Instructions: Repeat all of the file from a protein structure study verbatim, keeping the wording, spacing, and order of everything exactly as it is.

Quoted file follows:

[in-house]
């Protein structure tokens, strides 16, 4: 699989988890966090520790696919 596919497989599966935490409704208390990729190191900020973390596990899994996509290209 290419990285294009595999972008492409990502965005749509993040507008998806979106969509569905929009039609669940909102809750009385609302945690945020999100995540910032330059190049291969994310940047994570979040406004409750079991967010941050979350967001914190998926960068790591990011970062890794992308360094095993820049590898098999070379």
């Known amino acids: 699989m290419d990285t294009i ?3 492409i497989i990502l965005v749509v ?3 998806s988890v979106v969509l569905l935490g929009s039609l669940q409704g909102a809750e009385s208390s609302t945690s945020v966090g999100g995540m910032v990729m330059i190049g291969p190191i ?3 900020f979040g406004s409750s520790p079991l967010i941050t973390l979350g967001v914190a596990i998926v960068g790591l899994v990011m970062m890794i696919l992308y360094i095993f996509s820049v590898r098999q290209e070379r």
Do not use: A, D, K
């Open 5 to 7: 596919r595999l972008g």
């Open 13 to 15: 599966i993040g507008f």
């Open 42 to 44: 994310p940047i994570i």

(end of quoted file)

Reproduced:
[in-house]
């Protein structure tokens, strides 16, 4: 699989988890966090520790696919 596919497989599966935490409704208390990729190191900020973390596990899994996509290209 290419990285294009595999972008492409990502965005749509993040507008998806979106969509569905929009039609669940909102809750009385609302945690945020999100995540910032330059190049291969994310940047994570979040406004409750079991967010941050979350967001914190998926960068790591990011970062890794992308360094095993820049590898098999070379």
């Known amino acids: 699989m290419d990285t294009i ?3 492409i497989i990502l965005v749509v ?3 998806s988890v979106v969509l569905l935490g929009s039609l669940q409704g909102a809750e009385s208390s609302t945690s945020v966090g999100g995540m910032v990729m330059i190049g291969p190191i ?3 900020f979040g406004s409750s520790p079991l967010i941050t973390l979350g967001v914190a596990i998926v960068g790591l899994v990011m970062m890794i696919l992308y360094i095993f996509s820049v590898r098999q290209e070379r």
Do not use: A, D, K
């Open 5 to 7: 596919r595999l972008g």
């Open 13 to 15: 599966i993040g507008f």
């Open 42 to 44: 994310p940047i994570i």